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Ann Thorac Surg. 2008 Feb;85(2):543-7. doi: 10.1016/j.athoracsur.2007.08.047.

Carbon dioxide field flooding reduces neurologic impairment after open heart surgery.

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1
Department of Thoracic and Cardiovascular Surgery, Johann Wolfgang Goethe University, Frankfurt, Germany. martens.herz@gmx.de

Abstract

BACKGROUND:

Air emboli released from incompletely deaired cardiac chambers may cause neurocognitive decline after open heart surgery. Carbon dioxide (CO2) field flooding is reported to reduce residual intracavital air during cardiac surgery. A protective effect of carbon dioxide insufflation on postoperative brain function remains unproven in clinical trials.

METHODS:

Eighty patients undergoing heart valve operations by median sternotomy were randomly assigned to either CO2 insufflation (group I, n = 39) or unprotected controls (group II, n = 41). Preoperative evaluation included neurocognitive test batteries consisting of six different tests, and objective measurements of brain function by means of P300 wave auditory-evoked potentials (peak latencies, ms). Neurocognitive testing and P300 measurements were repeated on postoperative day 5. Neurocognitive deficit (ND) was defined as a 20% decrement in two or more tests.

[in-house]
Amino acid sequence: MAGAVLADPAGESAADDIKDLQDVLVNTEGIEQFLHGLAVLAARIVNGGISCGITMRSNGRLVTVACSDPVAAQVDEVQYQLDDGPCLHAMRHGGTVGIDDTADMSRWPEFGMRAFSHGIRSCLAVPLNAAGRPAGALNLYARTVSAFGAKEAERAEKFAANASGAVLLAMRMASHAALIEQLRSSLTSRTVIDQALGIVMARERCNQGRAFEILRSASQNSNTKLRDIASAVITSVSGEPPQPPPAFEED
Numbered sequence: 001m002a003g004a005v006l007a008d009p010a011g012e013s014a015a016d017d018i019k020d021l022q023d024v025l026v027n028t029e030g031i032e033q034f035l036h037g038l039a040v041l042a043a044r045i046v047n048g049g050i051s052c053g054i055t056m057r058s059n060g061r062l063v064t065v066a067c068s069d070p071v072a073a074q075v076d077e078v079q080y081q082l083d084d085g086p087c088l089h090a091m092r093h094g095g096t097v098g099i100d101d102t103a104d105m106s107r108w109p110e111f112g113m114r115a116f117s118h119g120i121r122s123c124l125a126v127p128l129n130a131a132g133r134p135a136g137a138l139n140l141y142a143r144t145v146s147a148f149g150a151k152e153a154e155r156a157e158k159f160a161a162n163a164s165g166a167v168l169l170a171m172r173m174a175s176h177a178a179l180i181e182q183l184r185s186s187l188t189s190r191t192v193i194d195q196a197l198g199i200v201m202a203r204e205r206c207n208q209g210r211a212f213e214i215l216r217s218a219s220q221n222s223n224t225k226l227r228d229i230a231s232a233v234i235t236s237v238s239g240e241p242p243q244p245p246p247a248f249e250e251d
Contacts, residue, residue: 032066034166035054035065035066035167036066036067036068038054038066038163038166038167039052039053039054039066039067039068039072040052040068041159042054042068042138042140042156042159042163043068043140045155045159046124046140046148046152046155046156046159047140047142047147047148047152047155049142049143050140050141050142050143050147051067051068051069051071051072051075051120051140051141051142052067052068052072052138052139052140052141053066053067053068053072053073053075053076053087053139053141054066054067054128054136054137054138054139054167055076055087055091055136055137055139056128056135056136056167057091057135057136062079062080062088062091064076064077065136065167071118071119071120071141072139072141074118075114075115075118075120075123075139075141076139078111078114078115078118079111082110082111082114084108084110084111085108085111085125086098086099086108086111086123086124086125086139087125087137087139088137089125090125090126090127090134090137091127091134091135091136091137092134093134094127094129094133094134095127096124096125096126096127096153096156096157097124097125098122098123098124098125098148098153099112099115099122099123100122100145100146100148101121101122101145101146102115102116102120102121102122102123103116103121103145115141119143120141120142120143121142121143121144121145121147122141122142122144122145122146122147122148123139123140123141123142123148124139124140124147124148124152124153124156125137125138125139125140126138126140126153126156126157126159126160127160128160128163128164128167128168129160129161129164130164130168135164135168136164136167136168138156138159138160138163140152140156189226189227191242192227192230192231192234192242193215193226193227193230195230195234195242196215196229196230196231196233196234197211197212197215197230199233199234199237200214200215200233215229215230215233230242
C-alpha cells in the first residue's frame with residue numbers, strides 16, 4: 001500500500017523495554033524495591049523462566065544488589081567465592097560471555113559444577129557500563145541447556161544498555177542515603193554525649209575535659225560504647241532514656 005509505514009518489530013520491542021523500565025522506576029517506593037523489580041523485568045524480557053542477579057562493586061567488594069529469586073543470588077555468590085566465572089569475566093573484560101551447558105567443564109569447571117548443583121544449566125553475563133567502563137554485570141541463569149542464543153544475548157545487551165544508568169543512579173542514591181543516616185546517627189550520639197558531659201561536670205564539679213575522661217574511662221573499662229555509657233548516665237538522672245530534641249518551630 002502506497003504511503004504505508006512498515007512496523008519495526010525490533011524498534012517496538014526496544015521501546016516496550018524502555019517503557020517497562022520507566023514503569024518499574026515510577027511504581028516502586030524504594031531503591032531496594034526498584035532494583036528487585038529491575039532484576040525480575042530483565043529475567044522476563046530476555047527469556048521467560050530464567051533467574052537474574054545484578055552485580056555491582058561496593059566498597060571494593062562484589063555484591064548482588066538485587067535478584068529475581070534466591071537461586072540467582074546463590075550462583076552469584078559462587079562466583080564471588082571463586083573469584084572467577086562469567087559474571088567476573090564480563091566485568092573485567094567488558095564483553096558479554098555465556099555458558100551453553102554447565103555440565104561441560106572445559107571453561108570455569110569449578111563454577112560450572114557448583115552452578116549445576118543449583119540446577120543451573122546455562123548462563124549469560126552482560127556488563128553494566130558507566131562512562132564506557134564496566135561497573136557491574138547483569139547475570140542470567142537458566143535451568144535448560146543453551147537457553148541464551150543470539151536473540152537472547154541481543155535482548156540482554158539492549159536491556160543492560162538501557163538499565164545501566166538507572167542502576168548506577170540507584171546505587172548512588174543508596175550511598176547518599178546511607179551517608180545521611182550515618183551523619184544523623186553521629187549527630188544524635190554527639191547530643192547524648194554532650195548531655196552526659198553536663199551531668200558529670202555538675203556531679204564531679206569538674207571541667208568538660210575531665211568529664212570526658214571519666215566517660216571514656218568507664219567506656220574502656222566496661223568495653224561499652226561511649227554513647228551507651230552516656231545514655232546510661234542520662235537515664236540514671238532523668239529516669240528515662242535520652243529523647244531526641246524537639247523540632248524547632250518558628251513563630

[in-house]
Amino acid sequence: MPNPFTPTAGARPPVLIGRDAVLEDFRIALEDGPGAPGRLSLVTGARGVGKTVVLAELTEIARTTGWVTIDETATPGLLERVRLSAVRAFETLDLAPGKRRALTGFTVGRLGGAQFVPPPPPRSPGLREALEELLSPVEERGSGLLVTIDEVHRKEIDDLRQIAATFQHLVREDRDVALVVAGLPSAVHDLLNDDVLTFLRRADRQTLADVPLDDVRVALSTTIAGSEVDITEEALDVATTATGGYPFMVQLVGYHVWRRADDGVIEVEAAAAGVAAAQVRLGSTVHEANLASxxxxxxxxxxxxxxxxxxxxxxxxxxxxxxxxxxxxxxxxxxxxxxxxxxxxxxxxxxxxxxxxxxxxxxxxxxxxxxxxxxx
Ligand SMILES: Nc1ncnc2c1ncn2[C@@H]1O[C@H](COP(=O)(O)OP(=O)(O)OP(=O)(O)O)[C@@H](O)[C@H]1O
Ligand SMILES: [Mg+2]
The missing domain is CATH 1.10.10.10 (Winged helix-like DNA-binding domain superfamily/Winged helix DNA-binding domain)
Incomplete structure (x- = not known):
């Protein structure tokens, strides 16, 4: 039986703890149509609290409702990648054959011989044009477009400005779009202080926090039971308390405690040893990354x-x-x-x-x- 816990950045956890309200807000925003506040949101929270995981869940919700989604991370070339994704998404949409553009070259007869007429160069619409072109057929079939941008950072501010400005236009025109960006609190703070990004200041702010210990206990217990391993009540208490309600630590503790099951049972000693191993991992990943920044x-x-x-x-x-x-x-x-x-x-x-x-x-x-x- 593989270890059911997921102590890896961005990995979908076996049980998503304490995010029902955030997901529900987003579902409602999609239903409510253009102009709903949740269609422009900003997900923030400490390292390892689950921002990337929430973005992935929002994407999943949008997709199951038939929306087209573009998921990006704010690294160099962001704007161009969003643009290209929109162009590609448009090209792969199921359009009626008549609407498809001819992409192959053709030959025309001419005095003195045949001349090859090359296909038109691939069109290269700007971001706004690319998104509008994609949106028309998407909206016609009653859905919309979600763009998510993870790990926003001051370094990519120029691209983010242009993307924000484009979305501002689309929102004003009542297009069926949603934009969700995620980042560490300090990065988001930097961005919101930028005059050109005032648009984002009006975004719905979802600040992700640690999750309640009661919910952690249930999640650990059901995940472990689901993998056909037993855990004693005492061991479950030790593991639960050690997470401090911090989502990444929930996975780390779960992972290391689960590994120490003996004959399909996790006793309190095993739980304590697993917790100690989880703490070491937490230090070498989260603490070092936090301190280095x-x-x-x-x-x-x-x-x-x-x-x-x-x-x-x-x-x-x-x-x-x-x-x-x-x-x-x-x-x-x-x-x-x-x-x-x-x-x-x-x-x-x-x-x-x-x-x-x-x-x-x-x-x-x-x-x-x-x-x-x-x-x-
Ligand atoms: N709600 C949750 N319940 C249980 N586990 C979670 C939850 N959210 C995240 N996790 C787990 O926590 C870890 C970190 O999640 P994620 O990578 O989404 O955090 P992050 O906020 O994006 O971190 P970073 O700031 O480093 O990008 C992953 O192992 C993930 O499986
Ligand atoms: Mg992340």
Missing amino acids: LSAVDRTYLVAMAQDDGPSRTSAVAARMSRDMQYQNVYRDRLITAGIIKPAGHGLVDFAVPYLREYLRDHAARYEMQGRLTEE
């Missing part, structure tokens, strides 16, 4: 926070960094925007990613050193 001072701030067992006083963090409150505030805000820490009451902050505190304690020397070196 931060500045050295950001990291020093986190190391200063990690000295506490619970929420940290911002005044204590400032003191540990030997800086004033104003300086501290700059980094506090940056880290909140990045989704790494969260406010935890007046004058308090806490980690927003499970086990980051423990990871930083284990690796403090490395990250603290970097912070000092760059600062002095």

RESULTS:

Preoperatively, P300 peak latencies did not differ between groups (374 +/- 75 vs 366 +/- 72 ms, not significant [n.s.]). Five days after surgery, P300 peak latencies were significantly shorter with CO2 protection as compared with the unprotected control group (group I: 390 +/- 68 ms, group II: 429 +/- 75 ms, p = 0.02). Clinical outcome was comparable as for mortality (group I: 1 patient; group II: 2 patients) and cerebrovascular events or confusional syndromes (group I: 5 patients; group II: 4 patients) or other clinical variables as intubation time or hospital stay. Neurocognitive test batteries did not reveal differences between groups.

CONCLUSIONS:

Shorter P300 peak latencies after surgery indicate less brain damage in patients who underwent heart valve operations with CO2 flooding of the thoracic cavity. Even if these findings were not supported by clinical results or neurocognitive test batteries in our cohort, carbon dioxide field flooding has proven efficiency and should be advocated for all patients undergoing open heart surgery.

[Indexed for MEDLINE]

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